An investigation into the death of a Leeds prisoner has found he refused the vaccine twice despite being extremely clinically vulnerable.
The 75-year-old had a number of underlying health conditions which made him extremely clinically vulnerable to the virus.
A report by the Prisons and Probation Ombudsman states he was offered the first dose of the coronavirus jab in February 2021 but refused on two occasions.
Mr Aslin-Smith, who was shielding as per the government advice, showed symptoms of the virus on February 27 and his results came back positive on March 1.
He was taken to hospital on March 2 after a nurse found him semi-conscious and disorientated on his bed covered in his own faeces, vomit and urine, the report adds.
He died three days later on March 5.
Sue McAllister, Prisons and Probation Ombudsman, said: “Mr Aslin-Smith had a number of medical conditions that made him extremely clinically vulnerable if he contracted COVID-19.
“Although he followed advice to shield, he showed symptoms of COVID-19 on February 27 and on March 1, his test result came back positive. He was taken to hospital the following day and died there on March 5.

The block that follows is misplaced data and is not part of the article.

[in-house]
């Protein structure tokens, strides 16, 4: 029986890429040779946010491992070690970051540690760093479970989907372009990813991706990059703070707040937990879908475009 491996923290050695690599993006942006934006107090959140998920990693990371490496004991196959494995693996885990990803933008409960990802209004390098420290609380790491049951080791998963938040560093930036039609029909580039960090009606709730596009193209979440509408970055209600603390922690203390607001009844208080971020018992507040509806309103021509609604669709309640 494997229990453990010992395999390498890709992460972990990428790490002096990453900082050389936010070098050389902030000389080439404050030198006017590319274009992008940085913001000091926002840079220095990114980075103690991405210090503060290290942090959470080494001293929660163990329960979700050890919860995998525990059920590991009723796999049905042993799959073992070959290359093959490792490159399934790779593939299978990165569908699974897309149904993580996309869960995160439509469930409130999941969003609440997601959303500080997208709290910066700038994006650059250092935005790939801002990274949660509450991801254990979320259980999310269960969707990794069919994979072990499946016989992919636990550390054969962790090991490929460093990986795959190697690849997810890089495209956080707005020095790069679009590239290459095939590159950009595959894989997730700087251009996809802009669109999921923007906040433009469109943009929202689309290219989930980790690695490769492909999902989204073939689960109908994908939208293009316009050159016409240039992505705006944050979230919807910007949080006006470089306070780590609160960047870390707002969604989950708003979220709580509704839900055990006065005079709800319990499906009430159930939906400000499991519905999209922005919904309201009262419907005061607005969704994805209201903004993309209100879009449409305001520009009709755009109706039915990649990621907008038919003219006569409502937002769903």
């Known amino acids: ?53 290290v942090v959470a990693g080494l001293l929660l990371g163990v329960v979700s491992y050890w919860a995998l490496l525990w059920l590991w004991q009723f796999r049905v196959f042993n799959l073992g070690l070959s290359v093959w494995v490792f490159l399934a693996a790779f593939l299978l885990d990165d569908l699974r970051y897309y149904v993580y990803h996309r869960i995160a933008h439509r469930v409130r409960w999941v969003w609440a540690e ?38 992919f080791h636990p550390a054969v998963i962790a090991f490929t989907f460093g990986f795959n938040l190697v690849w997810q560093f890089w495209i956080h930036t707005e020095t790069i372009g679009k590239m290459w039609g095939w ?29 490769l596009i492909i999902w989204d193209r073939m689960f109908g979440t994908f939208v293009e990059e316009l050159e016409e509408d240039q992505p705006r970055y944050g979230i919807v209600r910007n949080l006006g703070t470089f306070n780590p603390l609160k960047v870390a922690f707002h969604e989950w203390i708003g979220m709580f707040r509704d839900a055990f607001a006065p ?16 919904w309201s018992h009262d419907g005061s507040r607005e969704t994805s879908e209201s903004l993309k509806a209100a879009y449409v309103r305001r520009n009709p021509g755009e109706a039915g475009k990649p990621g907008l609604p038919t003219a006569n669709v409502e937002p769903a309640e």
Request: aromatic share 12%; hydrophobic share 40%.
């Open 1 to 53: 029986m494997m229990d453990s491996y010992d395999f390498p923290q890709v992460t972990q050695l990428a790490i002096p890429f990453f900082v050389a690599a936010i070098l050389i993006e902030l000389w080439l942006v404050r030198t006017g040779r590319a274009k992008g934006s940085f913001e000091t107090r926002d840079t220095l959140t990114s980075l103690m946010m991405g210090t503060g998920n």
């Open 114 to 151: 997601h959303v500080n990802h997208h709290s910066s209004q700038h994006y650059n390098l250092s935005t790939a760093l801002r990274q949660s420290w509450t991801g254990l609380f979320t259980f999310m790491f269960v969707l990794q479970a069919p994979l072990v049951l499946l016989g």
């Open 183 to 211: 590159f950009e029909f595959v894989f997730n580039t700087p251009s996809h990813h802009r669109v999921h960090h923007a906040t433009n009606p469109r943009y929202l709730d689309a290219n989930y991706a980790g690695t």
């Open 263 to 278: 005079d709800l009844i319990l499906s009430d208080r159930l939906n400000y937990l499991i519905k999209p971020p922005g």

“The clinical reviewer concluded that Mr Aslin-Smith’s clinical care at Leeds was equivalent to that which he could have expected in the community.”
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The Ombudsman raised concerns as there were delays in notifying his next of kin when he became serious ill.
Mr Aslin-Smith’s, was classed as clinically overweight and his health conditions included high blood pressure, type two diabetes, chronic kidney disease, ischaemic heart disease – a term given to heart problems caused by narrowed heart arteries – and he had suffered a heart attack in 1999.
The report continued: “We are concerned that when Mr Aslin-Smith became unwell with COVID-19, there is no evidence that the prison asked him if he wanted anyone notified. There was also a delay in notifying his next of kin when he was taken to hospital. This was not in line with national Prison Service guidelines on family liaison and communicating with prisoners’ families during the pandemic.
It added: “Mr Aslin-Smith was treated for COVID-19 in hospital, but his condition rapidly deteriorated. On 5 March, after discussions with his daughter, Mr Aslin-Smith was placed on an end of life pathway and a do not resuscitate (DNR) order was put in place. Mr Aslin-Smith died later that evening.”
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